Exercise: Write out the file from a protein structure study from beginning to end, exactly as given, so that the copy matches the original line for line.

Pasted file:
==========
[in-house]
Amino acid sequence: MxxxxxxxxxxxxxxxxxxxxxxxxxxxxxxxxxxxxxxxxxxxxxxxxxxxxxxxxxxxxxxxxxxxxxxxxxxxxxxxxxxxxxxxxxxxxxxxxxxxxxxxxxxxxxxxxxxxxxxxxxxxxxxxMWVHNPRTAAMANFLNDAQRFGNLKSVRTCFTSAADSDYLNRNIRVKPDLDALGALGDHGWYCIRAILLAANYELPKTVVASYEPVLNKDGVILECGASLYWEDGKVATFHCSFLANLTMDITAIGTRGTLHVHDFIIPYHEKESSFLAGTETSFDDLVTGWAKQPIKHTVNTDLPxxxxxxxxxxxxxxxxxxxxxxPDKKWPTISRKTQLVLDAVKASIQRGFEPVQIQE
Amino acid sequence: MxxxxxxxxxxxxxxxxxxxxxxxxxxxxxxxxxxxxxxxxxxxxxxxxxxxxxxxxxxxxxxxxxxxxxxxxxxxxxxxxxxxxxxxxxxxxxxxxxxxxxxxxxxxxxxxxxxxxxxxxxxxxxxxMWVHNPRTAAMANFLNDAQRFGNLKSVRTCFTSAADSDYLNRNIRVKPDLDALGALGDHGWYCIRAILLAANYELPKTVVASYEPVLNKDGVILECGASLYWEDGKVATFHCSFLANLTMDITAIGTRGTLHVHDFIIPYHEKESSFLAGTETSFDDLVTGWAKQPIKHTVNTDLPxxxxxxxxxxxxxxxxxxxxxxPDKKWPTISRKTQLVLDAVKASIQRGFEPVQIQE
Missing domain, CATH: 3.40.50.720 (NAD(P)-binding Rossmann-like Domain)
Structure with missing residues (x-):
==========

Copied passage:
[in-house]
Amino acid sequence: MxxxxxxxxxxxxxxxxxxxxxxxxxxxxxxxxxxxxxxxxxxxxxxxxxxxxxxxxxxxxxxxxxxxxxxxxxxxxxxxxxxxxxxxxxxxxxxxxxxxxxxxxxxxxxxxxxxxxxxxxxxxxxxxMWVHNPRTAAMANFLNDAQRFGNLKSVRTCFTSAADSDYLNRNIRVKPDLDALGALGDHGWYCIRAILLAANYELPKTVVASYEPVLNKDGVILECGASLYWEDGKVATFHCSFLANLTMDITAIGTRGTLHVHDFIIPYHEKESSFLAGTETSFDDLVTGWAKQPIKHTVNTDLPxxxxxxxxxxxxxxxxxxxxxxPDKKWPTISRKTQLVLDAVKASIQRGFEPVQIQE
Amino acid sequence: MxxxxxxxxxxxxxxxxxxxxxxxxxxxxxxxxxxxxxxxxxxxxxxxxxxxxxxxxxxxxxxxxxxxxxxxxxxxxxxxxxxxxxxxxxxxxxxxxxxxxxxxxxxxxxxxxxxxxxxxxxxxxxxxMWVHNPRTAAMANFLNDAQRFGNLKSVRTCFTSAADSDYLNRNIRVKPDLDALGALGDHGWYCIRAILLAANYELPKTVVASYEPVLNKDGVILECGASLYWEDGKVATFHCSFLANLTMDITAIGTRGTLHVHDFIIPYHEKESSFLAGTETSFDDLVTGWAKQPIKHTVNTDLPxxxxxxxxxxxxxxxxxxxxxxPDKKWPTISRKTQLVLDAVKASIQRGFEPVQIQE
Missing domain, CATH: 3.40.50.720 (NAD(P)-binding Rossmann-like Domain)
Structure with missing residues (x-):